A few years ago, I heard one of our most respected Civil War historians proclaim that the “Lost Cause” narrative of the Civil War had been obliterated by academics and that this was finally true in mass popular culture, suggesting it is only among fringe groups (that would never change their minds anyway) that it still holds sway. I thought it was a strange and misguided thing to say then, and the events of the years since have certainly proven him wrong.
Yes, a slew of movies and TV shows lately have demonstrated that the Lost Cause is seemingly dead in pop culture: Lincoln, 12 Years a Slave, the Roots remake, Kingdom of Jones, Birth of a Nation (2016), PBS’s Mercy Street, and WGN’s Underground, for examples.
Still, Mercy Street and Underground have been cancelled, and Sophia Coppola’s recent remake of The Beguiled essentially ignored slavery’s connection to the Antebellum south and the Civil War, and rolled out the old-Hollywood trope of southern women vulnerable to the lusts of dastardly Yankees.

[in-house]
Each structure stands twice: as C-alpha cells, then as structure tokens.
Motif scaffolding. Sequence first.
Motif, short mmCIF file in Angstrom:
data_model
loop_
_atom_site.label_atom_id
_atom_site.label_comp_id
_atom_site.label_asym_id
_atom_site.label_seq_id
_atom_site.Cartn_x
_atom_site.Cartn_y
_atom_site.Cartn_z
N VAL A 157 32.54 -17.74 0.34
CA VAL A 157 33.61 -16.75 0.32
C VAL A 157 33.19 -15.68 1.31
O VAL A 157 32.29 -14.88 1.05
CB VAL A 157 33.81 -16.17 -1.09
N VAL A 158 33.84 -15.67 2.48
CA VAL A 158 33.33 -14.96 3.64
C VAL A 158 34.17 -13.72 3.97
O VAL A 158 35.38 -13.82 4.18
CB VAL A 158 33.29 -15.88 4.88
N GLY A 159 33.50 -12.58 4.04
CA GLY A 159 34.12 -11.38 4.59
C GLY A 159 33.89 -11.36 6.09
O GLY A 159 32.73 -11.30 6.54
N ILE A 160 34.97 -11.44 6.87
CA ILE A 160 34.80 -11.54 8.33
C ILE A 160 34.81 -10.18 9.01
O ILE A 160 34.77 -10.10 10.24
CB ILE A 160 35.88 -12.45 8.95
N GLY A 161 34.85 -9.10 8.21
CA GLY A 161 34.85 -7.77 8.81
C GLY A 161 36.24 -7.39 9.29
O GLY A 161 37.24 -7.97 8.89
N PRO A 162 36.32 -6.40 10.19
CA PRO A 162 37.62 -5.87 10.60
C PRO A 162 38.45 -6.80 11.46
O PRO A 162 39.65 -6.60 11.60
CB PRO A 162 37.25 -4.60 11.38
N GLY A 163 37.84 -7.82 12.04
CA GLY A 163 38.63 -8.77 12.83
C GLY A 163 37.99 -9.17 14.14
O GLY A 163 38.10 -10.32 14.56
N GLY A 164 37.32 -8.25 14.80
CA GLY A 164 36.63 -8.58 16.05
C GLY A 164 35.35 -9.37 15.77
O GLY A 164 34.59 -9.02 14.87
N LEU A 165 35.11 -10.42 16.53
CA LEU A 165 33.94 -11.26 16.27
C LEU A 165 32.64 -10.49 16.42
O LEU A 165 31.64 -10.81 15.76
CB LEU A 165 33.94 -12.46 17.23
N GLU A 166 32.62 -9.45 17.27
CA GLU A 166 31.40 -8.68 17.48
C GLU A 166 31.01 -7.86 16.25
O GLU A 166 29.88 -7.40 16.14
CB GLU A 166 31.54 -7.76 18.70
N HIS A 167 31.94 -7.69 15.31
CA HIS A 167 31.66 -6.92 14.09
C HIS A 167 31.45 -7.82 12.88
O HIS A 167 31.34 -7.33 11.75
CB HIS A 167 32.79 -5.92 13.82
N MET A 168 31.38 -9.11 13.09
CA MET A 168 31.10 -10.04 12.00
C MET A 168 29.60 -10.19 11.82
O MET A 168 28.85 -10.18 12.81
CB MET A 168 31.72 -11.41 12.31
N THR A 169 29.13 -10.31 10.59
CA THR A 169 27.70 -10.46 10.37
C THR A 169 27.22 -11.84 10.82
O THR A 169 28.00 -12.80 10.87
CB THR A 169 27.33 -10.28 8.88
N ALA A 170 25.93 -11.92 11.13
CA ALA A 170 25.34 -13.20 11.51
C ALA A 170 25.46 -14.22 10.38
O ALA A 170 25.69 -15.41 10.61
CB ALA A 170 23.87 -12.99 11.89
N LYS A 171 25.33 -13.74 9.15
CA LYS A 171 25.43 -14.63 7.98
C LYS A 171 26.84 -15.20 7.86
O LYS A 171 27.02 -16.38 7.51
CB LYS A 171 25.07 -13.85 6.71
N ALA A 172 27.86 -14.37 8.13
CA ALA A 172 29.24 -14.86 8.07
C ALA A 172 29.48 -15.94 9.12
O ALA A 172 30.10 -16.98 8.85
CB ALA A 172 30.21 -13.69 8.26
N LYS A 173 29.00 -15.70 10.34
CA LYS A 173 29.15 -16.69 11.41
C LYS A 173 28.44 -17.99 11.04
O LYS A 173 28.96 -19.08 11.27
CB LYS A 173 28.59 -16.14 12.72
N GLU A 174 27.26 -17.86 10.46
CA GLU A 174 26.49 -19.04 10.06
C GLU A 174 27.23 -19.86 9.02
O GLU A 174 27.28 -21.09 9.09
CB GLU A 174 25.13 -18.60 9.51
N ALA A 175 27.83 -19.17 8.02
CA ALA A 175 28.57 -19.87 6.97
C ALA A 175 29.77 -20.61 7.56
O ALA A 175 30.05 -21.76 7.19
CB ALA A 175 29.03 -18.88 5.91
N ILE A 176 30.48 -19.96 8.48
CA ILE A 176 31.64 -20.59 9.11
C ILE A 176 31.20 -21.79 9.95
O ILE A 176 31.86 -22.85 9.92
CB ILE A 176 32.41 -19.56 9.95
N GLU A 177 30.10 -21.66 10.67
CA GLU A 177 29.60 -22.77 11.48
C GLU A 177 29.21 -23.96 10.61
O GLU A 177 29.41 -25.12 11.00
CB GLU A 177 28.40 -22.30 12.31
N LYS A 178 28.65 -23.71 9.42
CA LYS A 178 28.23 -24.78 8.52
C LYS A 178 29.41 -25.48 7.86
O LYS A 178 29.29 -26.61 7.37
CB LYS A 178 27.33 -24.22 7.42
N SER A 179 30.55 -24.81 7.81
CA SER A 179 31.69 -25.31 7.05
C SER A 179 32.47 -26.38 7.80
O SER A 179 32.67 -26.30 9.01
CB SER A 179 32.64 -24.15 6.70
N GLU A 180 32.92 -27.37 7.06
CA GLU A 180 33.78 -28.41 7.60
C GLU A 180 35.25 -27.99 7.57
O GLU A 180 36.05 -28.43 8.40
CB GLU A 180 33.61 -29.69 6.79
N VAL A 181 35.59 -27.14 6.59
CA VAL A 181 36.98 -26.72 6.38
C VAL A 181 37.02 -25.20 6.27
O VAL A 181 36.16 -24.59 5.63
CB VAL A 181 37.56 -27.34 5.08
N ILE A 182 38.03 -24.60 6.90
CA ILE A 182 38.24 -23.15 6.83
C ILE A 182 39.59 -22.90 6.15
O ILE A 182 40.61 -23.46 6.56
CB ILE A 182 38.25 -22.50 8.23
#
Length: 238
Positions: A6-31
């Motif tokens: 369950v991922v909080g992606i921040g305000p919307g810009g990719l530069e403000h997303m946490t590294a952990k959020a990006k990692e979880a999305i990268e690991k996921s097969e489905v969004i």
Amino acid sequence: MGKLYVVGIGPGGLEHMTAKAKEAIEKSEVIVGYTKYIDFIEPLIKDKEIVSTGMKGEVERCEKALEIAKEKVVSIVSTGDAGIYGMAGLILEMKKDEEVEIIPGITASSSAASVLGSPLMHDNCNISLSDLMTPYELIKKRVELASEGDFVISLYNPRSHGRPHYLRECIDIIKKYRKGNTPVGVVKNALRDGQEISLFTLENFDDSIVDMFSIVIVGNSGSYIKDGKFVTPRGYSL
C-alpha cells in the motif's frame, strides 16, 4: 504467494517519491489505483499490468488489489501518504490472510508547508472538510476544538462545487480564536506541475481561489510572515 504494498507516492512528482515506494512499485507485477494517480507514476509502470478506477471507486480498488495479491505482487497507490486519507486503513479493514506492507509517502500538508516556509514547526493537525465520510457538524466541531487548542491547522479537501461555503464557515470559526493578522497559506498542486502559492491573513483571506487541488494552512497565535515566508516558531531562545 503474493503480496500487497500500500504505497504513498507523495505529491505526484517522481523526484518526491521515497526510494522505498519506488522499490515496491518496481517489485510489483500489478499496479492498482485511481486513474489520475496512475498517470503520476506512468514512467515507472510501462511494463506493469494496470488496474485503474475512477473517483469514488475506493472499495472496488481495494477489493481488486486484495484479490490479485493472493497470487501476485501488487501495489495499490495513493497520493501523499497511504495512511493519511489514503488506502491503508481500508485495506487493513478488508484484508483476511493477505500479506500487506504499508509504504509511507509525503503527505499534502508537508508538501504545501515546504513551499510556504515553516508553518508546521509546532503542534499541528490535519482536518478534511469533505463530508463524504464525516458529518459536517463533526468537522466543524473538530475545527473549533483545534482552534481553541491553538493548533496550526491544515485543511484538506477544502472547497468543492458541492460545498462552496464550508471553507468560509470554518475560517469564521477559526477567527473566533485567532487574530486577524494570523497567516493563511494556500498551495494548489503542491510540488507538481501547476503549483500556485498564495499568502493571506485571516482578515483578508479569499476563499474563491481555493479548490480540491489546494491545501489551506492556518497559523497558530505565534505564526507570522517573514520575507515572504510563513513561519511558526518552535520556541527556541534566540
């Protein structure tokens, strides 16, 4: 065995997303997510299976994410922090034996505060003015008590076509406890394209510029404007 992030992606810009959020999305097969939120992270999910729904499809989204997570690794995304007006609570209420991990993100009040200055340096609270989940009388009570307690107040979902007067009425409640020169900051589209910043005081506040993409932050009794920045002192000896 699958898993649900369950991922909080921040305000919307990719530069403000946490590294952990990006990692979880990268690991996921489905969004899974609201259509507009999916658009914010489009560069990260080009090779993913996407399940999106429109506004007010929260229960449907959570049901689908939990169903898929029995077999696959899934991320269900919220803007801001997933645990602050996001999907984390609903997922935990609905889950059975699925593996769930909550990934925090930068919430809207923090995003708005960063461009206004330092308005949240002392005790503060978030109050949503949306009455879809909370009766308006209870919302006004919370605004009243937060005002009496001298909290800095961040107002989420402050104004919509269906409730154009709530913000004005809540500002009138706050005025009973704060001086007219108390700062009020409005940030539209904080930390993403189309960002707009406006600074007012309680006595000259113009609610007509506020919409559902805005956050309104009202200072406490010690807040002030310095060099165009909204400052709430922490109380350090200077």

More upsetting, the recent controversy over Rebel monuments and memorials has revealed just how deeply divided the nation is in regards to Civil War causation. It also seems that every day the Civil War is back in the news again in some fashion, and usually in ways that demonstrate that the general public is still woefully misinformed about the conflict’s causes.
A perfect recent example is this long diatribe of a blog post from sports journalist Clay Travis. (Who, by the way, recently used Twitter to challenge Ta-Nehisi Coates to a debate on the Civil War. Is there some way we can make that happen?) He gets just about everything in his posting woefully wrong (he especially needs to study up on Southern Unionism), but it is an instructive read because it reveals what I think is pretty mainstream belief about the Civil War among educated people who actually take the time to read. (They’re just reading the wrong things and labeling everything that disagrees with them as a product of the liberal media).